At the age of seventeen, Al Gore Jr. went to Boston's Harvard University where he majored in Government. Among his friends where later actor Tommy Lee Jones, comedian Bob Somerby and today's respected artist Michael Kapitan. Gore's roommate was John Tyson, an African-American football player from New Jersey who works at present as a businessman and development aid worker in Africa. In the mid 1960s, it was still unusual for a white student - especially from the South - to share a room with a black kid. At Harvard, Gore also met Roger Revelle, a professor for geophysics and oceanography. Revelle was one of the first to prove that CO2 was increasing in the atmosphere. Years before the Club of Rome published its famous report, Gore was interested in ecology. In his semester holidays, he worked as a messenger boy at the New York Times. He also went to the University of Mexico City where he improved his Spanish - which helps him still today in his contact with Spanish speaking voters (by the way, George W. Bush junior is also fluent in Spanish, so this gives Gore no advantage in the presidential race).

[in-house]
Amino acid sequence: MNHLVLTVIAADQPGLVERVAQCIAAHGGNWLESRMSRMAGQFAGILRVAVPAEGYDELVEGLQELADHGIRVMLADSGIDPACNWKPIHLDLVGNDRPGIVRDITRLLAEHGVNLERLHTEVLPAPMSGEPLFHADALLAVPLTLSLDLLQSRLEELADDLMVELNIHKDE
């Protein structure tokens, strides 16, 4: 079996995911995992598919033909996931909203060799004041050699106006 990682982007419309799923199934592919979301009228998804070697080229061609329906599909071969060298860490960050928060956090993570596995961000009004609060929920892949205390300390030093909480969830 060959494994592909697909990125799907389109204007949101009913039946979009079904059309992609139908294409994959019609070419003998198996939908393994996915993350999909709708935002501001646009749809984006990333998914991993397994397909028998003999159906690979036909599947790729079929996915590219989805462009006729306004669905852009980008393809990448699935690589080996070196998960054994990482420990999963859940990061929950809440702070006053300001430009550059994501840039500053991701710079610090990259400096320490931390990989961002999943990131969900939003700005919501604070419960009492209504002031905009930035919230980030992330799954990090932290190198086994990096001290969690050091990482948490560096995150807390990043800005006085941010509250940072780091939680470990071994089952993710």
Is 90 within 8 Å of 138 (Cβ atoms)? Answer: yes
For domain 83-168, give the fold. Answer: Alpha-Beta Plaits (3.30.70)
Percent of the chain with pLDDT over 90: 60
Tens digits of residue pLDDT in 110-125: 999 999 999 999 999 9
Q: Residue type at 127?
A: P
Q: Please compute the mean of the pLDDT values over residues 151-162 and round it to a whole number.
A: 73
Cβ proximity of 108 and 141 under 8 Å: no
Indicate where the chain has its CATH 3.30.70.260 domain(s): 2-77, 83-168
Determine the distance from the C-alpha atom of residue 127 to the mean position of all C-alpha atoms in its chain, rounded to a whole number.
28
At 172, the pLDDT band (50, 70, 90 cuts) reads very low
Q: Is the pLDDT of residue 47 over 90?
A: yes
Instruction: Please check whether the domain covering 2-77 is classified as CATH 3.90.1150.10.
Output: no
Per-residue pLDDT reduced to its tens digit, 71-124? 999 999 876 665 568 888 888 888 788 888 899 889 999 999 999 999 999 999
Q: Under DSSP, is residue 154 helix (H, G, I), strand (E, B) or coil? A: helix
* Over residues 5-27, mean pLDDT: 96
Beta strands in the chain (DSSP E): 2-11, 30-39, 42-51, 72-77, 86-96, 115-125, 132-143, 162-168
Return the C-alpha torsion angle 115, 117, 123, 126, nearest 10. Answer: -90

Vietnam and college
Al Gore Jr. was opposed to the Vietnam war. In a letter to his father he called America's anti-communism "a paranoia", "national obsession" and "psychological illness". He even compared the US Army to a fascist regime. At Harvard in the 1960s, this was not uncommon. But Gore was never a radical student and not part of the major demonstrations taking place in those years. He smoked joints for ten years until 1976 - and in contrast to Clinton, he admits he also inhaled. Gore says he stopped that habit when first running for the House of Representatives.